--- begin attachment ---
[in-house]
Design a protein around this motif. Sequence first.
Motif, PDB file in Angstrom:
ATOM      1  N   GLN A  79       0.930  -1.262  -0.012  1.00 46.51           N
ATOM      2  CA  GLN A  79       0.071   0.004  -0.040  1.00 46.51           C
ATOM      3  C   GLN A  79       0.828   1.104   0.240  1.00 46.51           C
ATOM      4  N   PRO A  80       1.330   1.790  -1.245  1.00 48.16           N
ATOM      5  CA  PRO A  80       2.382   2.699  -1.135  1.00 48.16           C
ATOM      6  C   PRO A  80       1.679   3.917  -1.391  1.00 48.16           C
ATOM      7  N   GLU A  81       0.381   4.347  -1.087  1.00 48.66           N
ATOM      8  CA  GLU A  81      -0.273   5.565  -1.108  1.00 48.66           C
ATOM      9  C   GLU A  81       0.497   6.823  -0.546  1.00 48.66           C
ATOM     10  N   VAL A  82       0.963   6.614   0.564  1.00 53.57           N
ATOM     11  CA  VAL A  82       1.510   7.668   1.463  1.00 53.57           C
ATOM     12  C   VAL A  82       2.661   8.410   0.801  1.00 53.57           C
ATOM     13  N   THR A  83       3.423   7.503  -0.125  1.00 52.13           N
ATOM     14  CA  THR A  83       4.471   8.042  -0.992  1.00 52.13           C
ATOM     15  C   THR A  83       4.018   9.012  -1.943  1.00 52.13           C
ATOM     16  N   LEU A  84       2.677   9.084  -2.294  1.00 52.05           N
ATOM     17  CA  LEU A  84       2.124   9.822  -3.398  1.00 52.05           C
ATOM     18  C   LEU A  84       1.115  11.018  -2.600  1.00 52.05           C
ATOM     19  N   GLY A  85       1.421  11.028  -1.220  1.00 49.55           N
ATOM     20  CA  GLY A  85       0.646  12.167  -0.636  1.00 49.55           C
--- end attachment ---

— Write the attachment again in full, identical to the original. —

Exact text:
[in-house]
Design a protein around this motif. Sequence first.
Motif, PDB file in Angstrom:
ATOM      1  N   GLN A  79       0.930  -1.262  -0.012  1.00 46.51           N
ATOM      2  CA  GLN A  79       0.071   0.004  -0.040  1.00 46.51           C
ATOM      3  C   GLN A  79       0.828   1.104   0.240  1.00 46.51           C
ATOM      4  N   PRO A  80       1.330   1.790  -1.245  1.00 48.16           N
ATOM      5  CA  PRO A  80       2.382   2.699  -1.135  1.00 48.16           C
ATOM      6  C   PRO A  80       1.679   3.917  -1.391  1.00 48.16           C
ATOM      7  N   GLU A  81       0.381   4.347  -1.087  1.00 48.66           N
ATOM      8  CA  GLU A  81      -0.273   5.565  -1.108  1.00 48.66           C
ATOM      9  C   GLU A  81       0.497   6.823  -0.546  1.00 48.66           C
ATOM     10  N   VAL A  82       0.963   6.614   0.564  1.00 53.57           N
ATOM     11  CA  VAL A  82       1.510   7.668   1.463  1.00 53.57           C
ATOM     12  C   VAL A  82       2.661   8.410   0.801  1.00 53.57           C
ATOM     13  N   THR A  83       3.423   7.503  -0.125  1.00 52.13           N
ATOM     14  CA  THR A  83       4.471   8.042  -0.992  1.00 52.13           C
ATOM     15  C   THR A  83       4.018   9.012  -1.943  1.00 52.13           C
ATOM     16  N   LEU A  84       2.677   9.084  -2.294  1.00 52.05           N
ATOM     17  CA  LEU A  84       2.124   9.822  -3.398  1.00 52.05           C
ATOM     18  C   LEU A  84       1.115  11.018  -2.600  1.00 52.05           C
ATOM     19  N   GLY A  85       1.421  11.028  -1.220  1.00 49.55           N
ATOM     20  CA  GLY A  85       0.646  12.167  -0.636  1.00 49.55           C